Ignoring the disrespectful commercialisation we settled back in our seats to observe the countryside. Katchanaburi province itself is an agricultural area with sugar cane, rice paddies and pineapple plantations all forming significant portions of the stunning Thai rural landscape. The final destination is Nam-Tok station, the last existing train station and reached after passing over the impressive Wang Pho viaduct. With the river on one side and cliffs on the other side of the track, the railway curves around the viaduct which consists of a series of wooden trestles originally built by POWs. The views of the river and the Kanchanaburi countryside are stunning, but it is very poignant to look out of the train window and think about the hardship endured by the men who were forced to construct the railway. It seems almost every man who worked on this particular section of track died. Recently the news from Myanmar is that they are hoping to refurbish the Burmese section of the track to open up the whole length.

We re-traced the train tracks walking on the top of the viaduct and reached a very overcrowded cave containing a large gold Buddha and shrine. The cave was awash with Russians, not particularly smiley happy tourists but we later discovered that they had a disco bus! We took some snaps atop the viaduct before taking lunch.

It was in fact a very salty buffet lunch; the actual food was generally good but the spag-bol inedible for any other than dolphins and stingrays. My mind briefly wandered back to SK as I overloaded on the excellent fried chicken! The Russians arrived and demolished mountainous plates of food, none seems hindered by the sodium levels. From here we had a short drive to the elephant sanctuary.

Before we took our “elephant safari” at the Saiyok Elephant Camp we were lucky enough to be the only two who seemed to have opted for the bamboo rafting on the Kwai Noi River. The river seemed to have a strong current but was serene. As we boarded the rafts the elephants, Asian but of a variety of sizes and ages, carried tourists into the river and sprayed them with water. The Mahout’s had them well marshalled and they all appeared to be loving the experience (both tourists and elephants). The rafting is a relaxing diversion, a long-tailed boat captained by a bloke and his young kid towed us for 20 minutes or so along the river before releasing us to float back with the current. He sped back past us and left us in silence. As we drifted along the air was still and the atmosphere relaxing; punctuated by the odd screech of a parrot or splosh as some creature hit the water.  We were piloted by his wife who eventually effortlessly steered the craft back to its moorings.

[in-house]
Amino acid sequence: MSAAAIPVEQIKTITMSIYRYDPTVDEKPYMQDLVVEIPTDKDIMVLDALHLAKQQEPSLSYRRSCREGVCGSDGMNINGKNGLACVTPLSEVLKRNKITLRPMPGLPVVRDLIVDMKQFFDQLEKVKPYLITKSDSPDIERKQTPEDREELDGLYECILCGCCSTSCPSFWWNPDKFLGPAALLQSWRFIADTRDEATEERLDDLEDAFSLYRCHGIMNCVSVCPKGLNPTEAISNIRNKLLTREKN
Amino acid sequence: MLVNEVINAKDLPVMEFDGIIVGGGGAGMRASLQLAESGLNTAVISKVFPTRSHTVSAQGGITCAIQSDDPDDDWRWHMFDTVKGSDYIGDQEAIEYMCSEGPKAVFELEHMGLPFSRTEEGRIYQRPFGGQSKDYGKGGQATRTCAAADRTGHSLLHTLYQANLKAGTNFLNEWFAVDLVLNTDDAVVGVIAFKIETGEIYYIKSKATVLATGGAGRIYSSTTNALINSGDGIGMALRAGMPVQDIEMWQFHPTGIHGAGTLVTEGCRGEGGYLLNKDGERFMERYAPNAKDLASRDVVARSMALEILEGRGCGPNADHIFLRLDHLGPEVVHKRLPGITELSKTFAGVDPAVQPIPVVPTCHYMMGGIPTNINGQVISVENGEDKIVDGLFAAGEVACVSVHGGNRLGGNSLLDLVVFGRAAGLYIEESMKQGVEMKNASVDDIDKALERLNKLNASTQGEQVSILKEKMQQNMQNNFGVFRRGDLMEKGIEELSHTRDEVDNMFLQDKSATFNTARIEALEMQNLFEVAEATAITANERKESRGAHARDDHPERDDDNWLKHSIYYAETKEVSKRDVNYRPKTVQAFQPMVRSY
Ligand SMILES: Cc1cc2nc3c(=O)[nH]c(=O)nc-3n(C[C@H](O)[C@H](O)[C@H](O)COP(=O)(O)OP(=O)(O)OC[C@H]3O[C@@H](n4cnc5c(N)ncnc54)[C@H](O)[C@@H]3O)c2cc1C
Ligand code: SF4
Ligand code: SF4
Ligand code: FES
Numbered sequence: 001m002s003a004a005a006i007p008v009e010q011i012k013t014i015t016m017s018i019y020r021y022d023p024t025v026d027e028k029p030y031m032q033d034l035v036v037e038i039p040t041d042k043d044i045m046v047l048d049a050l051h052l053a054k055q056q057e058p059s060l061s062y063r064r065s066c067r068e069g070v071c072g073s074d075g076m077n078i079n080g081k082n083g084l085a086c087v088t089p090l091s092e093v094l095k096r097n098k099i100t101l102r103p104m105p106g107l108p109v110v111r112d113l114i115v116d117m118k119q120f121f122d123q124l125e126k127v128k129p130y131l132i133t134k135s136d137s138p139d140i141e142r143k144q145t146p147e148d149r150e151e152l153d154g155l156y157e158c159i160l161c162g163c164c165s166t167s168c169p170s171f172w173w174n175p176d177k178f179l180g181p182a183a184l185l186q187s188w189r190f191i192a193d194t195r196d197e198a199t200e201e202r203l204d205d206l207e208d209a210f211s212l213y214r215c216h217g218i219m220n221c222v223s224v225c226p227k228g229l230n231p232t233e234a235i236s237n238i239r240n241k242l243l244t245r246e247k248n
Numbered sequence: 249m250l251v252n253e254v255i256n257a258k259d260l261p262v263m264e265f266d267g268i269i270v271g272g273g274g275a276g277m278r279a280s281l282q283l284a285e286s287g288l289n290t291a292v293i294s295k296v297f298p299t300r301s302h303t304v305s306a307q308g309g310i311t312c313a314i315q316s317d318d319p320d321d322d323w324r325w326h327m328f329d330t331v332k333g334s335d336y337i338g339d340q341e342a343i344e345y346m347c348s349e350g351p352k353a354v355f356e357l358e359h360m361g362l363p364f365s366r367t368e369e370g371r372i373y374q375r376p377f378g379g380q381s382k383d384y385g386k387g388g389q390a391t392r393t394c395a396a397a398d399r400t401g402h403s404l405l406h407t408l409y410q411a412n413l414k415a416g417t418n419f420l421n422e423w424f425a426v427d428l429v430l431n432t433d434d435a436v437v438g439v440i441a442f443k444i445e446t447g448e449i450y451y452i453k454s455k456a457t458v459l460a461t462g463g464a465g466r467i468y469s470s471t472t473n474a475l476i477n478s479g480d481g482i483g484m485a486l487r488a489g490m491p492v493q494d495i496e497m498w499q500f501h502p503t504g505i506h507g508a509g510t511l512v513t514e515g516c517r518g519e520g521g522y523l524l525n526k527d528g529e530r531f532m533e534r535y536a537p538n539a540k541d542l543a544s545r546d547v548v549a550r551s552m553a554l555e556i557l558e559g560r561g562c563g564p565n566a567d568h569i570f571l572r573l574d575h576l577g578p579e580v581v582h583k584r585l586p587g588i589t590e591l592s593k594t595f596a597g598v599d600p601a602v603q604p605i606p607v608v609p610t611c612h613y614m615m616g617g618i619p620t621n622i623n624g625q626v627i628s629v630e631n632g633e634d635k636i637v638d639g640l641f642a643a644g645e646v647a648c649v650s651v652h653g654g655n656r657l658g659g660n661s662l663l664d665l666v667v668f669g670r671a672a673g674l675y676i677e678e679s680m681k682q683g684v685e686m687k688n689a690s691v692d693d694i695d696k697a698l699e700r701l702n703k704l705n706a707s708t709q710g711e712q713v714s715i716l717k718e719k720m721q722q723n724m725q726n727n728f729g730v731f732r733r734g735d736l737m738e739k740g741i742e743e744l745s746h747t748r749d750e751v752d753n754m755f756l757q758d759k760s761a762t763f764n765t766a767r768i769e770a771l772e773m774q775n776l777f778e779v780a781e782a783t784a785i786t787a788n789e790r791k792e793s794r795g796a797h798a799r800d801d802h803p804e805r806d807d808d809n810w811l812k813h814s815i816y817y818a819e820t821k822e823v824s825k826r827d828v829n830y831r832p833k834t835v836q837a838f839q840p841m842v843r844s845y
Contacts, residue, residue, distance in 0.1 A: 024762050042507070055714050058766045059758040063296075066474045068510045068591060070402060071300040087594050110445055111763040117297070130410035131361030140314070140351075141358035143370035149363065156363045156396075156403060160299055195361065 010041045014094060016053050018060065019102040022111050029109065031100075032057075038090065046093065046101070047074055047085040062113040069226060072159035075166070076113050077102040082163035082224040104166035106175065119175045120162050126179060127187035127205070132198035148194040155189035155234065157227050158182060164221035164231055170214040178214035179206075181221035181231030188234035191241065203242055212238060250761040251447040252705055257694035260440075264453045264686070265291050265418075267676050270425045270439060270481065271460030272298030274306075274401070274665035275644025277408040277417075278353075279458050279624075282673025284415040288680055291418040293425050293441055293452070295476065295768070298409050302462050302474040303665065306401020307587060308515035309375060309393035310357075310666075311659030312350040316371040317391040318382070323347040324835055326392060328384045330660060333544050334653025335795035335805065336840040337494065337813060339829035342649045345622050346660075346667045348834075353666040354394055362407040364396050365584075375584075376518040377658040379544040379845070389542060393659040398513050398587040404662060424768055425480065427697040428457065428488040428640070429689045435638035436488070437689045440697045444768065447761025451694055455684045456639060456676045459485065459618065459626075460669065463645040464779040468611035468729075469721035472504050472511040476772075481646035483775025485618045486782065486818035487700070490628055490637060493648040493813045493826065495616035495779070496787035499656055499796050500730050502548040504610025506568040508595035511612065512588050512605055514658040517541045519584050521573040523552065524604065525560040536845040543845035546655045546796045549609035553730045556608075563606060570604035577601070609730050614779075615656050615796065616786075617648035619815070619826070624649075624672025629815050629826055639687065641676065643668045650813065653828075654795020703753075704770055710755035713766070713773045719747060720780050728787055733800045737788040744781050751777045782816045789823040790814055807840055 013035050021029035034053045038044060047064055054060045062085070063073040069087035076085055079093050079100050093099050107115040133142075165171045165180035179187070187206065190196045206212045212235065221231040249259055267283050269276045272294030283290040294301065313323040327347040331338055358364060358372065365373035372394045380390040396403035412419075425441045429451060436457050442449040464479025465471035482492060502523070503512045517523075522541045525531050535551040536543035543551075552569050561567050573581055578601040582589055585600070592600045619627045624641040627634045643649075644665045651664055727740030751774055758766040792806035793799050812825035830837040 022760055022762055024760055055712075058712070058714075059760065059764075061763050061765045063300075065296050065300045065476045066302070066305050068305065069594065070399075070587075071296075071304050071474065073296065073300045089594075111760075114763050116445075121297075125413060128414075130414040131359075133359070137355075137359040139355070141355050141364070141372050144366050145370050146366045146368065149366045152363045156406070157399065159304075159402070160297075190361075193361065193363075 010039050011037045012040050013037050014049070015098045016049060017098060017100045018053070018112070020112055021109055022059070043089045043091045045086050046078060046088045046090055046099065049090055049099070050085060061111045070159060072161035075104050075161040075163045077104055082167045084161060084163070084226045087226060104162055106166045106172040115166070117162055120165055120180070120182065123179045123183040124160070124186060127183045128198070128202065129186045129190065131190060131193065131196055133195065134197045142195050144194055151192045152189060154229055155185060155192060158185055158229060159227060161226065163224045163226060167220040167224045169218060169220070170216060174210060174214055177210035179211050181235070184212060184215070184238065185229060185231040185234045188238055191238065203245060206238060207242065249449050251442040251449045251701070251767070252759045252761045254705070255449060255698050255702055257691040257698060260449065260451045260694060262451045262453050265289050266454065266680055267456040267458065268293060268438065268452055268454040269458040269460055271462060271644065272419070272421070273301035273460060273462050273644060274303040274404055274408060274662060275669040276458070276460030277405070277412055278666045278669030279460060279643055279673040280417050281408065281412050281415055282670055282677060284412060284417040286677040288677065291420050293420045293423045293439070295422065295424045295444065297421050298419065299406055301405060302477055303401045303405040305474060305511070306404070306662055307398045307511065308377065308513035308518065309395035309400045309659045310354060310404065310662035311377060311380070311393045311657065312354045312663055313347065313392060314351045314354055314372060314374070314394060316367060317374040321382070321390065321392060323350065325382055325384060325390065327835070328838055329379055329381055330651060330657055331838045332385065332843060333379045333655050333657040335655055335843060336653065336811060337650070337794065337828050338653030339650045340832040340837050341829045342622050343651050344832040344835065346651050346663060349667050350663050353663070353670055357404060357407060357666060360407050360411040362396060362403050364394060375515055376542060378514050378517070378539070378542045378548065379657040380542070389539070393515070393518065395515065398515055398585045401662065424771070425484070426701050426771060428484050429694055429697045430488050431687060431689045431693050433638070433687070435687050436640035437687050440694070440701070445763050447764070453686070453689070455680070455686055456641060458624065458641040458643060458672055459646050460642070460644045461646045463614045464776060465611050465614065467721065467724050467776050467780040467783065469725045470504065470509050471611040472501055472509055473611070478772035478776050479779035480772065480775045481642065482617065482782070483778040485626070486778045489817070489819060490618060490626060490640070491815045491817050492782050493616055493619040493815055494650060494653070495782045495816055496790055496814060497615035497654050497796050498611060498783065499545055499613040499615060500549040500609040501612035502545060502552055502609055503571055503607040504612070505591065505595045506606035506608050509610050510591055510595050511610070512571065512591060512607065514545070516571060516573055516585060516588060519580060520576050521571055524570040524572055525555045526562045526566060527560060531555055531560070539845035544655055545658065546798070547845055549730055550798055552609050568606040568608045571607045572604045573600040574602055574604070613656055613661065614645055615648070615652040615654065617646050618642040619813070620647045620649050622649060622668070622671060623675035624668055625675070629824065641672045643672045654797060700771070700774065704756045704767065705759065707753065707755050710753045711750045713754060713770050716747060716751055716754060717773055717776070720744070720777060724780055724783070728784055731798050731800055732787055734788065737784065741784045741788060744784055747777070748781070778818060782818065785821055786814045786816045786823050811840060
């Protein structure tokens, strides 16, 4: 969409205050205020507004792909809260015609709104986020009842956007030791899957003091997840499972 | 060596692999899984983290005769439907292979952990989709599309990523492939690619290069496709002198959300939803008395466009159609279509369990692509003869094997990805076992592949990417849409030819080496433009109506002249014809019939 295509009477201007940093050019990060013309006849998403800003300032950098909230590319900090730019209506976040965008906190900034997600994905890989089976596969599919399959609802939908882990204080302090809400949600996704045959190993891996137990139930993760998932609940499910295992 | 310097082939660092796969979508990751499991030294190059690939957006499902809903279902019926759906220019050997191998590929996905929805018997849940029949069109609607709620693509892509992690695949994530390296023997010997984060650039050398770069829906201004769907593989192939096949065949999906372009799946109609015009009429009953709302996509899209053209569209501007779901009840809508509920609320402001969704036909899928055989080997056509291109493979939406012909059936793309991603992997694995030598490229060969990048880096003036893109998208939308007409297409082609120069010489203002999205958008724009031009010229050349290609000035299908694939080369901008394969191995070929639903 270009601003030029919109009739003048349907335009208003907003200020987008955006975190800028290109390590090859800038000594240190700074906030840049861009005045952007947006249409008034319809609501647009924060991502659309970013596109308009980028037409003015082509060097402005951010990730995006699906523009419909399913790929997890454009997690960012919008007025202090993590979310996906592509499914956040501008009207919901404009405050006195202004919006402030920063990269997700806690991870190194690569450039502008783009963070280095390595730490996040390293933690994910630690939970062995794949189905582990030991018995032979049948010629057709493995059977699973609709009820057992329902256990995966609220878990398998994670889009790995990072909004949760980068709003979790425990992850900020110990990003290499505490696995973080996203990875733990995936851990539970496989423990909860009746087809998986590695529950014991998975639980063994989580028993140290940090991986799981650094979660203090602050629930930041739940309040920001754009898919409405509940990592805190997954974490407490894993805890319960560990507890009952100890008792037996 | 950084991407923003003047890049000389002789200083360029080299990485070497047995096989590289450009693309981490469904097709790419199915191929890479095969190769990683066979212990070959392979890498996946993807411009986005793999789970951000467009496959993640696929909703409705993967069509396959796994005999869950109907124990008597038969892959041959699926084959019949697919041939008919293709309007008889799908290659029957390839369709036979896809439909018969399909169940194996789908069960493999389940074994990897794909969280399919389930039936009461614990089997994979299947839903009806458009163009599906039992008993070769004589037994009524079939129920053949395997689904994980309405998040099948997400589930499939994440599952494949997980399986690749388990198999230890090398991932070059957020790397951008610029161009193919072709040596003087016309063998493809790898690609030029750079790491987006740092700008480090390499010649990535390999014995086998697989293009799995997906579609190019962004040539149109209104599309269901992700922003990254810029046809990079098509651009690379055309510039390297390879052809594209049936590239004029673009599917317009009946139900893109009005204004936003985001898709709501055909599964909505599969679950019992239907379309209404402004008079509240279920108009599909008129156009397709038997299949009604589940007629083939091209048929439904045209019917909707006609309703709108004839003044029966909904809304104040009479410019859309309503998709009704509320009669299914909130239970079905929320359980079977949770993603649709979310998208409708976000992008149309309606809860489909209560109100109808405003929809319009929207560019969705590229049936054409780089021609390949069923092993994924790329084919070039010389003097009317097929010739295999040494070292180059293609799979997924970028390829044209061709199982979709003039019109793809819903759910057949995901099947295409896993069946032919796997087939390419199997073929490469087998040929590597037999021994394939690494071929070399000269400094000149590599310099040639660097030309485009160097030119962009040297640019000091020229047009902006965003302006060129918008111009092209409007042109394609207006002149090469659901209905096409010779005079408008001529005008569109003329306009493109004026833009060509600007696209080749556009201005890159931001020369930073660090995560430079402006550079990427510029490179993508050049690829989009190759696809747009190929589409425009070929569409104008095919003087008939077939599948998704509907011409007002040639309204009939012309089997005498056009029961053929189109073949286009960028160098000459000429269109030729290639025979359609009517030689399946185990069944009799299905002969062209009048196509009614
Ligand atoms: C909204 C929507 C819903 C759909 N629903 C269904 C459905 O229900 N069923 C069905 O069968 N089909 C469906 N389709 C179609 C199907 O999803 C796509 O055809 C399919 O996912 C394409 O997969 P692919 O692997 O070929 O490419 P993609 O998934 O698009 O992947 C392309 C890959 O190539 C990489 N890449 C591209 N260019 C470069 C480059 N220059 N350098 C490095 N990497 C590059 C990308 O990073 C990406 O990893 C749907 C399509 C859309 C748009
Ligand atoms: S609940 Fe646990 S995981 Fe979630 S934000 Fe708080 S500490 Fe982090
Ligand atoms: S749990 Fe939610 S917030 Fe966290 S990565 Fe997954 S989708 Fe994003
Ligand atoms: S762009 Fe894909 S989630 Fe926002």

As we gingerly disembarked one of the larger elephants, plus passengers, lolloped towards us so we quickened our step to avoid a miserable end. It was now our turn to imitate the Mahout and so  we climbed the hill past the by now sleeping long-tailed boat rider and his offspring.

Mounting the elephant was easy aided by well-constructed platform, FOBY took the left birth and I the right whilst her Mahout (In Thailand the profession is known as kwan-chang) straddled her neck there was no sign his takaw (hooked tool). I had read all the stories about the cruel nature of elephant training, there are many activists quite rightly campaigning on the Internet. It’s suggested we check the animals ears and head; if they are maltreated there are likely to be tears in the ears and scars on the head, ours had none. Our girl ambled along constantly picking up and chomping the plentiful sugar cane. We descended towards the river, the mahout alighted from his charge gesturing us to take turns riding across the elephants neck. After this the great beast descended into the river and seemed a little reluctant to leave but eventually ambled back to the area were we embarked. The mahout asked for a 300 baht tipped which we pretended to ignore before we got aboard our transport back to Bangok.

Since I arrived home I’ve read so much more about the industry and how it treats these great beasts. The animals we saw appeared well-fed and healthy and it seems that the “Save the Elephant Foundation” are now working closely with the camp we visited and others to educate positive ways that humans can interact with the animals without the old fashioned “breaking in” methodologies. the Sai Yok camp has in fact allowed animals over 45 to “retire” to the Erawan Elephants Paradise were they spend their retirement roaming free. I feel sadly guilty that I engaged in this activity without a full understanding of the industry and at some point in the future this hopefully will manifest itself by me doing some voluntary work for the Save the Elephant Foundation.

That evening we had a fantastic dinner at the Arun Residence , FOBY was returning to SK the following evening and I had one further night.